The role of the neonatal nurse practitioner (NNP) is well established in the neonatal intensive care unit. The level IV NNP is traditionally supported by large multidisciplinary teams while the level I to III NNP may be the sole in-house provider with limited resources.
The purpose of this research project is to identify the NNP role, responsibilities, and barriers to practice in the level I, II, and III newborn care settings.
This study used a descriptive, exploratory design to examine NNP roles and responsibilities in level I, II, and III care centers via an online survey.
Of the respondents (171), the majority (71.3%) work 24-hour shifts, 51.5% being the single NNP during the day with 67.8% being alone at night. Nearly 27% have limited or are without ancillary support while 29.8% cannot meet some standards of care due to inadequate resources. Almost 22% lack written protocols and procedural opportunities are limited or a concern for 15.8% of the NNPs.
A better understanding of the responsibilities of the level I to III NNP will assist with developing staffing guidelines, influence practice models, and guide recruitment and retention of the NNP.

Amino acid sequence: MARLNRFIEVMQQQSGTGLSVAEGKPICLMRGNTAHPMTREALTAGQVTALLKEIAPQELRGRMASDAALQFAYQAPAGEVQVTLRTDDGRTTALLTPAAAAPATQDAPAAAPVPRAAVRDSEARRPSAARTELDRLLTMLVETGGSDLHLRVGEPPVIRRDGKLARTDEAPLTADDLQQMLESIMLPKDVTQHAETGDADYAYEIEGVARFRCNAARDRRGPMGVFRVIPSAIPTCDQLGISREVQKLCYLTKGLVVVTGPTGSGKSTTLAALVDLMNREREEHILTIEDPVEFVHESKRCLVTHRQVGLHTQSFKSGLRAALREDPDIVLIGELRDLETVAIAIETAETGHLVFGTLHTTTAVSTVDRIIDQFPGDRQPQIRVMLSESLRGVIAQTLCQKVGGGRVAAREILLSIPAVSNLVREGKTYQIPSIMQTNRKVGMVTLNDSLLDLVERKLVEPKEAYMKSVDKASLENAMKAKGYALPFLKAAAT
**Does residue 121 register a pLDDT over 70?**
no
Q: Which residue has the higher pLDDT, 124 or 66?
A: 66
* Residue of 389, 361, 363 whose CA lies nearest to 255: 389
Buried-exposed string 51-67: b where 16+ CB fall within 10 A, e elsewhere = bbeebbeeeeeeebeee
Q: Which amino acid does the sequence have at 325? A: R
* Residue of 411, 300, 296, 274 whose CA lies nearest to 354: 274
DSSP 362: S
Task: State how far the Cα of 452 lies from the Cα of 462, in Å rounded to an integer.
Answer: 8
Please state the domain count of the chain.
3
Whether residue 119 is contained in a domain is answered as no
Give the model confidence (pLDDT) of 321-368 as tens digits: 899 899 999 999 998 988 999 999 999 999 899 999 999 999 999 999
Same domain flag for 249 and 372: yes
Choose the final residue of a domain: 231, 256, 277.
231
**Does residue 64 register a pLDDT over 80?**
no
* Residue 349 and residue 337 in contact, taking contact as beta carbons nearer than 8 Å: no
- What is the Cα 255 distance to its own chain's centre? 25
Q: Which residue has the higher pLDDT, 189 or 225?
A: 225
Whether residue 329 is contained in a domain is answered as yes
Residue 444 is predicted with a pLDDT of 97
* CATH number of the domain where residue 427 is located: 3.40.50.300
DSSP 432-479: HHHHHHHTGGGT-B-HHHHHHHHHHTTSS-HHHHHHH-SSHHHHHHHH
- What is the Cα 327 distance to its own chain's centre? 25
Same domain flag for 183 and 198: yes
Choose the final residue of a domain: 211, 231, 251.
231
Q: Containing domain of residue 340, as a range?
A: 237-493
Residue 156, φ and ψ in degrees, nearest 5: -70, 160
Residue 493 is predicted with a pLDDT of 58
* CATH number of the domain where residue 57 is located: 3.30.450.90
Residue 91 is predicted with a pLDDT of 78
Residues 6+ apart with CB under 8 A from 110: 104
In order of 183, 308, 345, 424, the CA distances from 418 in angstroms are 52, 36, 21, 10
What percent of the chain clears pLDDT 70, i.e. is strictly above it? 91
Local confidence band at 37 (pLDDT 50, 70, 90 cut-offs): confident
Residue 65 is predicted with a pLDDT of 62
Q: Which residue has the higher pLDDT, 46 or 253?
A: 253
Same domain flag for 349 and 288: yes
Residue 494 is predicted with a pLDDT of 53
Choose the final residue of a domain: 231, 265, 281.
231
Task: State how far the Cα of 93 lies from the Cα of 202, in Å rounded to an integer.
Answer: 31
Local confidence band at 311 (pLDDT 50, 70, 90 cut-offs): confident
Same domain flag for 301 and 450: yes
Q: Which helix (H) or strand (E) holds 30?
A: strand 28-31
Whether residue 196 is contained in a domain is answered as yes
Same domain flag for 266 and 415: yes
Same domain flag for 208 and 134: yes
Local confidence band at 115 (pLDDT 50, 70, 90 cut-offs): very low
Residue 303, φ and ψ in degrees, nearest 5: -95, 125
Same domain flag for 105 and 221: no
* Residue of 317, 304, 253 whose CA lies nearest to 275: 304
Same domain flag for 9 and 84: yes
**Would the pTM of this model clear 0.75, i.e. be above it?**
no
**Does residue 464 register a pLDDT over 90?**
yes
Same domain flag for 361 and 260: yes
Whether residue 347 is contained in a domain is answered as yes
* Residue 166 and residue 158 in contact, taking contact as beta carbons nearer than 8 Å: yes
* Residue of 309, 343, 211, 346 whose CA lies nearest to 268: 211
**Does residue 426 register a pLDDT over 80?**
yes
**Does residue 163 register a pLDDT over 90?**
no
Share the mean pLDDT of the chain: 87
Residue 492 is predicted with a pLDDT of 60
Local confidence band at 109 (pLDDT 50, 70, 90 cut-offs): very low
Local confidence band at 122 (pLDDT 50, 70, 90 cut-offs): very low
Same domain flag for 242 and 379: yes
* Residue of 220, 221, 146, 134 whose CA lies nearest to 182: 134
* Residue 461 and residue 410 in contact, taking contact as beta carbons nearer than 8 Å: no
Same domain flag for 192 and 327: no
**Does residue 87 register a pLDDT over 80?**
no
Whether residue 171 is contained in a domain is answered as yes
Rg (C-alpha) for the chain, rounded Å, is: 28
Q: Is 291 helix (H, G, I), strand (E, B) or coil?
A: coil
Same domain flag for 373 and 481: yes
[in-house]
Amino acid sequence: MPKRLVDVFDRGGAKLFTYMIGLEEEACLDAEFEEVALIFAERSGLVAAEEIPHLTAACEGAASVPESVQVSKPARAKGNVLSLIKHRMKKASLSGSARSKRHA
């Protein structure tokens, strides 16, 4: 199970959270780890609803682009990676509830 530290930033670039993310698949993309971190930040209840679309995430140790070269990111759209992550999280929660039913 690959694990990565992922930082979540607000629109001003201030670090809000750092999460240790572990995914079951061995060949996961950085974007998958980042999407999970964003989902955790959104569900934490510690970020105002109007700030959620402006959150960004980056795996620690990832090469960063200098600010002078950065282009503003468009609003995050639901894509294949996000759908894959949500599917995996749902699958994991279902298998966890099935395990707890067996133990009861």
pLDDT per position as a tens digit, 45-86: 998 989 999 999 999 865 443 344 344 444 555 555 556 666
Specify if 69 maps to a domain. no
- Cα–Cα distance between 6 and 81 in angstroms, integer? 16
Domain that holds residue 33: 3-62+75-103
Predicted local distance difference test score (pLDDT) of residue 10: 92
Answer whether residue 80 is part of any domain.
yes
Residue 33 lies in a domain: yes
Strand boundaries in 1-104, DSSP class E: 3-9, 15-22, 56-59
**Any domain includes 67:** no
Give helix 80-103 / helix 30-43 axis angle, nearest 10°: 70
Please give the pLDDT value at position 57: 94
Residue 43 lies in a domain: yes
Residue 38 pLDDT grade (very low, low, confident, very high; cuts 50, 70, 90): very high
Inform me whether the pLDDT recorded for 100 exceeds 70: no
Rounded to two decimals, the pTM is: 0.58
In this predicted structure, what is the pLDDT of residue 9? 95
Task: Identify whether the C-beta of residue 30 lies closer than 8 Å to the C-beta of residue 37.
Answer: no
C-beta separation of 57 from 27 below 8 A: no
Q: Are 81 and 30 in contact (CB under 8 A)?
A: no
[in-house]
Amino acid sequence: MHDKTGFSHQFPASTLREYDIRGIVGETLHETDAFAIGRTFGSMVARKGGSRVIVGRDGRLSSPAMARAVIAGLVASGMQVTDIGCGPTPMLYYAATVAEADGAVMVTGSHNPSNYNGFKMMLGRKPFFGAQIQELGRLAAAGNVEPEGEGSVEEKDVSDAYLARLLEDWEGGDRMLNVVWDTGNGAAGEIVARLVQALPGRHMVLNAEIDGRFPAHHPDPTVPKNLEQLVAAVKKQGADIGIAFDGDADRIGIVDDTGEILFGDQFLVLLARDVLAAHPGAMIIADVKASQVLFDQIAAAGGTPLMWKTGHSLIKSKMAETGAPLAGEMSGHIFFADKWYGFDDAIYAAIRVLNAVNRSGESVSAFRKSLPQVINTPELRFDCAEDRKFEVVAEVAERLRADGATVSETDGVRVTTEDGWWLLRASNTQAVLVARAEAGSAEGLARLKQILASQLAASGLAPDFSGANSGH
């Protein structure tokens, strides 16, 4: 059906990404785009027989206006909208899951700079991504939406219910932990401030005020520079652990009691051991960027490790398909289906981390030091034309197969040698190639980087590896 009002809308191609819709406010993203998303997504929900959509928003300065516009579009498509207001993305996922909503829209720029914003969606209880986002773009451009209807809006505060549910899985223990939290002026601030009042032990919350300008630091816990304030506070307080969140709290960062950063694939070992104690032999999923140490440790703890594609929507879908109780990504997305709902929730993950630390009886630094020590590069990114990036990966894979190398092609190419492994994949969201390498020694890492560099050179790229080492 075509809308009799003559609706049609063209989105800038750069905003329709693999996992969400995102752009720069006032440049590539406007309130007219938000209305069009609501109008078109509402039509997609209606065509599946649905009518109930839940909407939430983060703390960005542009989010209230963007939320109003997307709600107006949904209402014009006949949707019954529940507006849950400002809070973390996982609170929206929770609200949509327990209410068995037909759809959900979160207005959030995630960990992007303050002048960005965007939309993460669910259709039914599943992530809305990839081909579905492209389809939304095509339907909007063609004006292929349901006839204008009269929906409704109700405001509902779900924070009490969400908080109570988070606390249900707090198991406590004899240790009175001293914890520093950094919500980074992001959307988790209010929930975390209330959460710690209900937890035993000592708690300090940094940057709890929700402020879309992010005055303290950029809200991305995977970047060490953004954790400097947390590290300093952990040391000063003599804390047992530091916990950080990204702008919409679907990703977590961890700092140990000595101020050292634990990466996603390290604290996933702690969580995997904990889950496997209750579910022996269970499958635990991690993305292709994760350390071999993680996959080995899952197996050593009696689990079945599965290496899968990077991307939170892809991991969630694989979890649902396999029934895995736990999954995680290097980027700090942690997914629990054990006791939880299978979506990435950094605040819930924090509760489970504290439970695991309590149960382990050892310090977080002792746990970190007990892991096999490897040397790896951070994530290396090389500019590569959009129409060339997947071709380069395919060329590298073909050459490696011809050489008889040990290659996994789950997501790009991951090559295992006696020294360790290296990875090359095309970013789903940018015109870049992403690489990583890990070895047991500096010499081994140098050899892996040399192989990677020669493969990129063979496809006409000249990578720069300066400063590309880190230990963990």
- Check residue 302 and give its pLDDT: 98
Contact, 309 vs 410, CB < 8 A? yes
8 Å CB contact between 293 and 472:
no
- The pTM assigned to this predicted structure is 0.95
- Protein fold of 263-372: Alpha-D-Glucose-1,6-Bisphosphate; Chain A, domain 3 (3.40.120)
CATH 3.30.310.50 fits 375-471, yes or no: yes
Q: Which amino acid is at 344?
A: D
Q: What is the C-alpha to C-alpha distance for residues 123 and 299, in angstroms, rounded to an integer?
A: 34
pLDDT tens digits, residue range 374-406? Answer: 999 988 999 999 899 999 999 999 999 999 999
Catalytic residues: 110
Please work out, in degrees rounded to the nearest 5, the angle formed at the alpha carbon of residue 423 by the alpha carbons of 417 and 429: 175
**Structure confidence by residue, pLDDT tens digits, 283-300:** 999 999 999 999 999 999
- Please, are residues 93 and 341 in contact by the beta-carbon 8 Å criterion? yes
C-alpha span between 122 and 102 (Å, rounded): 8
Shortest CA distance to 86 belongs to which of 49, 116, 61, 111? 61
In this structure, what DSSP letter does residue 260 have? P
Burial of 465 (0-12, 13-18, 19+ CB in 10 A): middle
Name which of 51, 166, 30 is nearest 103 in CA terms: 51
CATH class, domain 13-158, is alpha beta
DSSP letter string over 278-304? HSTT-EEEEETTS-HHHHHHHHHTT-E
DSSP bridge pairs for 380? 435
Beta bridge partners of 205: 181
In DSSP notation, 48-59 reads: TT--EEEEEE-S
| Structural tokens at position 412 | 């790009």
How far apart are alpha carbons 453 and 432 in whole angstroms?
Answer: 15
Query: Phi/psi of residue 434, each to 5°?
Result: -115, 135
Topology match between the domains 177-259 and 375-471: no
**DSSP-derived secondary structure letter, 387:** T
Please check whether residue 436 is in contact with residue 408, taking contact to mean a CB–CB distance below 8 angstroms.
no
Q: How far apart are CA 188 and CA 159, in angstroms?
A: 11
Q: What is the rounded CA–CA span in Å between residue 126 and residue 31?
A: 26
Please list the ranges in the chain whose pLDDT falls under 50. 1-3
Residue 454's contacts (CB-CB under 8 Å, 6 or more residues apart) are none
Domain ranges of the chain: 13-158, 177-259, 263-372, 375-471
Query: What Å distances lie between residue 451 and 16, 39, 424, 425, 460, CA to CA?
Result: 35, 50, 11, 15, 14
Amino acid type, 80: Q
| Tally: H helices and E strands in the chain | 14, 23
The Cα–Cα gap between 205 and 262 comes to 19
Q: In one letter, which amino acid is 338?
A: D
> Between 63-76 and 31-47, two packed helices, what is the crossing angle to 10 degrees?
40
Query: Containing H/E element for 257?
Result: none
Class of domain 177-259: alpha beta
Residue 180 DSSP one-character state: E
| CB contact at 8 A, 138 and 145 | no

A systematic literature review yielded articles on the value of nurse practitioners and their ability to deliver safe, effective and cost-conscience care but not on what the role entails on a daily basis. Further studies are needed to specifically compare the role of the level IV NNP to the level I, II, and III NNP to further delineate NNP functionality according to level of care.
Children's National Health System, Washington, District of Columbia (Dr Snapp); and School of Nursing, University of Virginia, Charlottesville, Virginia (Dr Reyna).
Correspondence: Barbara Snapp, DNP, NNP-BC, Mary Washington Hospital, Neonatal Intensive Care, 3rd Floor, 1001 Sam Perry Blvd, Fredericksburg, VA 22401 (email@example.com).
The authors declare no conflicts of interest.